The state Supreme Court heard oral arguments today on November’s gerrymandering ballot proposal.
The measure is being challenged by Citizens Protecting Michigan’s Constitution, a group largely backed by the Michigan Chamber of Commerce. They say the proposed changes are too sweeping to be decided by a referendum.
Michigan Chamber of Commerce President and CEO Rich Studley said the proposal is anything but straightforward.
“It would be one of the longest and most-complicated amendments to the state constitution in modern history, at least dating back to the 1963 constitution.”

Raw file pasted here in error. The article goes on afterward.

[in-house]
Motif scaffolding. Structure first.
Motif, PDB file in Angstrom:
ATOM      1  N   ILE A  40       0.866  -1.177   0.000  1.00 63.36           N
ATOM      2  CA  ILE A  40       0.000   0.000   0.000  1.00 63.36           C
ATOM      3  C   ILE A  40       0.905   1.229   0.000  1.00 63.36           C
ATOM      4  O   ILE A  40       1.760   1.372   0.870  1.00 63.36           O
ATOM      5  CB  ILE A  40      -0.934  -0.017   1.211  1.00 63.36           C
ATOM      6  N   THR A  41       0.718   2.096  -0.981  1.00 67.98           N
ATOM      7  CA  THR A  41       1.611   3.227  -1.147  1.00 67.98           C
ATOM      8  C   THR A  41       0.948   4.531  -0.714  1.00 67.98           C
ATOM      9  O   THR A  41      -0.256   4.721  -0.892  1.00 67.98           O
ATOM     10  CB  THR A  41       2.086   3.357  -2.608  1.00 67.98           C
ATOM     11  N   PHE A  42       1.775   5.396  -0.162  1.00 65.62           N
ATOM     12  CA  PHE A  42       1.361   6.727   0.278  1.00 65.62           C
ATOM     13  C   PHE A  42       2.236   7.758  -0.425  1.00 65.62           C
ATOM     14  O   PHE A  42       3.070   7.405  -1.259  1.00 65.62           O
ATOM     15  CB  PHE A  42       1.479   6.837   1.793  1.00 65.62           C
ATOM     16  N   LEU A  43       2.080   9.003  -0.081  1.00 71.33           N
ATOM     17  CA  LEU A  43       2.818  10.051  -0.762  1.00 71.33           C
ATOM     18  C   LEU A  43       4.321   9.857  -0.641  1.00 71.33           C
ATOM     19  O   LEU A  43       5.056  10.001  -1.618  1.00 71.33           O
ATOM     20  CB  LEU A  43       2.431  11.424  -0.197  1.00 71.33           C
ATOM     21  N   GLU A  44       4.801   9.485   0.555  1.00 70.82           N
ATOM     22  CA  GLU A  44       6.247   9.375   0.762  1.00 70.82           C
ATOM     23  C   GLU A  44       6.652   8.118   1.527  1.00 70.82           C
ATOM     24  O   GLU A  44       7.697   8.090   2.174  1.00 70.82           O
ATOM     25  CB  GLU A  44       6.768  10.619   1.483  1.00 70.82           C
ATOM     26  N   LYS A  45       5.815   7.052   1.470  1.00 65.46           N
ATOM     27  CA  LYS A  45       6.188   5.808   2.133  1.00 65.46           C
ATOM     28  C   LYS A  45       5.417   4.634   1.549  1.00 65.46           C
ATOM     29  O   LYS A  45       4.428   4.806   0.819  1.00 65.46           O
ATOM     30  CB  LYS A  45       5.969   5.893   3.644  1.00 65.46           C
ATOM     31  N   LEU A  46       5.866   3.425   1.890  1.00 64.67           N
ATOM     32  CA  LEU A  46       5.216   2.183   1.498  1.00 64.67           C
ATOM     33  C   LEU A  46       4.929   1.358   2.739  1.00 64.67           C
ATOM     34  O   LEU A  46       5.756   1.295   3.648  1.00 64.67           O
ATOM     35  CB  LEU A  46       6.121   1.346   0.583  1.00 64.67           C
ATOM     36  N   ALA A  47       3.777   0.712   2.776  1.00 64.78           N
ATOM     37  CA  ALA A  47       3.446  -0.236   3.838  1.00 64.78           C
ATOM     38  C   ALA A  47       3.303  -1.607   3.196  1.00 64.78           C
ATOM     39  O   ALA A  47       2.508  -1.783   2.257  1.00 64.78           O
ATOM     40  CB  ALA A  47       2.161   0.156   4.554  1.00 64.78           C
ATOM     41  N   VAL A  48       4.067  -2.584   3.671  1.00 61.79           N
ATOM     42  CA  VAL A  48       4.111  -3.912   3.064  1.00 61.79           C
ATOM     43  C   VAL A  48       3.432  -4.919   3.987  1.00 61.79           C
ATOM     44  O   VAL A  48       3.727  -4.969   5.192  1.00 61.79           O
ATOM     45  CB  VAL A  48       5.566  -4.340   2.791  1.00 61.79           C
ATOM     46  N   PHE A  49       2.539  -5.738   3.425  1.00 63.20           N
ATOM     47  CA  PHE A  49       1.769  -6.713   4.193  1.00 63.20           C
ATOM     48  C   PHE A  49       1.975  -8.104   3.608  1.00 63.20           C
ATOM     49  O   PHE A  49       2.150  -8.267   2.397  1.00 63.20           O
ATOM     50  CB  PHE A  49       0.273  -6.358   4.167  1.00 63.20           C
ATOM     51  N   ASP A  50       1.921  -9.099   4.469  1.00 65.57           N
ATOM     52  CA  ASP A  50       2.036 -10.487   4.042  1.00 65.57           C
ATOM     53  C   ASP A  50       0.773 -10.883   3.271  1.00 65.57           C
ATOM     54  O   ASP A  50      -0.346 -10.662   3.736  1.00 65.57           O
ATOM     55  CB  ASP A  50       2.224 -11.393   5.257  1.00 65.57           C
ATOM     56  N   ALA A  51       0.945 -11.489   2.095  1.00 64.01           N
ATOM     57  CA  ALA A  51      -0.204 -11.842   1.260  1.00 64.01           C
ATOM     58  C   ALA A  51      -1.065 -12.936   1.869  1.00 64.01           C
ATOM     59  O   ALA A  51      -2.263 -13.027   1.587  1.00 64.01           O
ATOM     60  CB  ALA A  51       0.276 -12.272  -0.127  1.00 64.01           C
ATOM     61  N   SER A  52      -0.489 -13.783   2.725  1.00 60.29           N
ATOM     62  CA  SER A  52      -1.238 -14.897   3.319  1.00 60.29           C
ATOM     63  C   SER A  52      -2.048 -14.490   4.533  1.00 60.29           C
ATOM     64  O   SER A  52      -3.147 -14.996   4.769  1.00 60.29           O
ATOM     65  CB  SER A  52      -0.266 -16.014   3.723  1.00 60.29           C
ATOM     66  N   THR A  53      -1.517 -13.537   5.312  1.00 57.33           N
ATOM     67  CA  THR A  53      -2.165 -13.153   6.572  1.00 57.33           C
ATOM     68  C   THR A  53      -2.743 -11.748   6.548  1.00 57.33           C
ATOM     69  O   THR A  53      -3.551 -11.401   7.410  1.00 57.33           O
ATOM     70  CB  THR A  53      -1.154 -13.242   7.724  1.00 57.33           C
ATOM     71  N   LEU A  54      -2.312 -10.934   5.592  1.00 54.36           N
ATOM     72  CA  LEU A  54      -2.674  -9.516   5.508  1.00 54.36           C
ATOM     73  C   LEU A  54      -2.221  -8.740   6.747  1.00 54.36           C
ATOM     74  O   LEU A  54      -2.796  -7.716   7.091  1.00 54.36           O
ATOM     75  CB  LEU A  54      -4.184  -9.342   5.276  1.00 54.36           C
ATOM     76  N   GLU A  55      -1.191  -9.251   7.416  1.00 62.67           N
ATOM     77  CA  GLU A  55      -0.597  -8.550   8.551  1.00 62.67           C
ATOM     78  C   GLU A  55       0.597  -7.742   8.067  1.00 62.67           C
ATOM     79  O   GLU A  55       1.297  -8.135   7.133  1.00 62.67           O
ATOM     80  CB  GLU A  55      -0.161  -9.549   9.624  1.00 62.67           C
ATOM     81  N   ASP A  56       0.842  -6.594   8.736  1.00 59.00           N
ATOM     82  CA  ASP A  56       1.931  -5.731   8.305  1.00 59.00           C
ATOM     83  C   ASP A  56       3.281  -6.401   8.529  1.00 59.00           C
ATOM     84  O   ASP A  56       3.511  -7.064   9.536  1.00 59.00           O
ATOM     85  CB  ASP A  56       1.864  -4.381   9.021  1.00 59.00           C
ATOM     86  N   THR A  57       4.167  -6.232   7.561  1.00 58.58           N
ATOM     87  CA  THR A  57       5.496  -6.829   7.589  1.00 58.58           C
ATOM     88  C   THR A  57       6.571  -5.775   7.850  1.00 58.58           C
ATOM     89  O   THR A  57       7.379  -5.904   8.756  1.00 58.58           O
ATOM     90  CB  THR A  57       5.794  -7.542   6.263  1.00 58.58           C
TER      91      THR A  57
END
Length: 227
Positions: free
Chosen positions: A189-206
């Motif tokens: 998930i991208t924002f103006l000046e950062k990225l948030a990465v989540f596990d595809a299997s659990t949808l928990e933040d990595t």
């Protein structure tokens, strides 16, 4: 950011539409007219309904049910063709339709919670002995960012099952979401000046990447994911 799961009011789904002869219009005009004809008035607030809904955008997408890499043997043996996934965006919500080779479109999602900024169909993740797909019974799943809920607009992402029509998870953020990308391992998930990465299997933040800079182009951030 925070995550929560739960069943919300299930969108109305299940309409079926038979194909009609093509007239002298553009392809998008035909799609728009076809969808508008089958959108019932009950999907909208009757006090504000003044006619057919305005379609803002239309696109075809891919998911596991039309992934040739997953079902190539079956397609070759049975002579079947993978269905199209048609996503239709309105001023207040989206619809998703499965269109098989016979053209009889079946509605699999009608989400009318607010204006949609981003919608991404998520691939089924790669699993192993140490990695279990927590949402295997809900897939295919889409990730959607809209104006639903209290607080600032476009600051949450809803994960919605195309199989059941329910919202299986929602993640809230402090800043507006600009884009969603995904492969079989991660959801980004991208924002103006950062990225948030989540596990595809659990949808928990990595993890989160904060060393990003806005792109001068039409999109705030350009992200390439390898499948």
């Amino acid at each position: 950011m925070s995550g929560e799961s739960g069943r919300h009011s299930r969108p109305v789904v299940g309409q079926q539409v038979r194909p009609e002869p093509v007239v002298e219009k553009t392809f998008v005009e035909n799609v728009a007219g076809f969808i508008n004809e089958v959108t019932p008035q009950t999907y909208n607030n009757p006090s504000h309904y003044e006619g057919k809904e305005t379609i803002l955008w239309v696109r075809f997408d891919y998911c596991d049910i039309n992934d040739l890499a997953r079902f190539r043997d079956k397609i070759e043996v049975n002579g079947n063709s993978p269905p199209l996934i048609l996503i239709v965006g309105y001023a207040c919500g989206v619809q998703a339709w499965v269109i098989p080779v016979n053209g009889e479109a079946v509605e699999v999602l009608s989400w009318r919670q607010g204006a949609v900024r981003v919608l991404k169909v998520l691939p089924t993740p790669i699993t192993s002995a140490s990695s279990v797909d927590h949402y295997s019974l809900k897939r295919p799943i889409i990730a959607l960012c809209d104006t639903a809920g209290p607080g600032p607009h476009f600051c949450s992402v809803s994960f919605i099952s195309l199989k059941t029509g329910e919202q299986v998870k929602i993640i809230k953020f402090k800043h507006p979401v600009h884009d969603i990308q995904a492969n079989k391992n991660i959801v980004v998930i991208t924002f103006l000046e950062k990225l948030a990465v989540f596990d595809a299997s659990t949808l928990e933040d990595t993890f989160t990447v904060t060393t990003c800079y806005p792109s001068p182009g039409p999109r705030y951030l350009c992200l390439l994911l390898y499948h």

Katie Fahey (fay-he) is the Executive Director of Voters Not Politicians, the group behind the ballot measure. She said she’s confident the initiative will be upheld by the court.
“We’re trusting the justices to really review this and we had a very strong ruling from the Court of Appeals. They actually heard this first and unanimously found that our opposition’s arguments are without merit, and that we have met the qualifications for the ballot.”
The court is working to decide the case before its July 31st recess.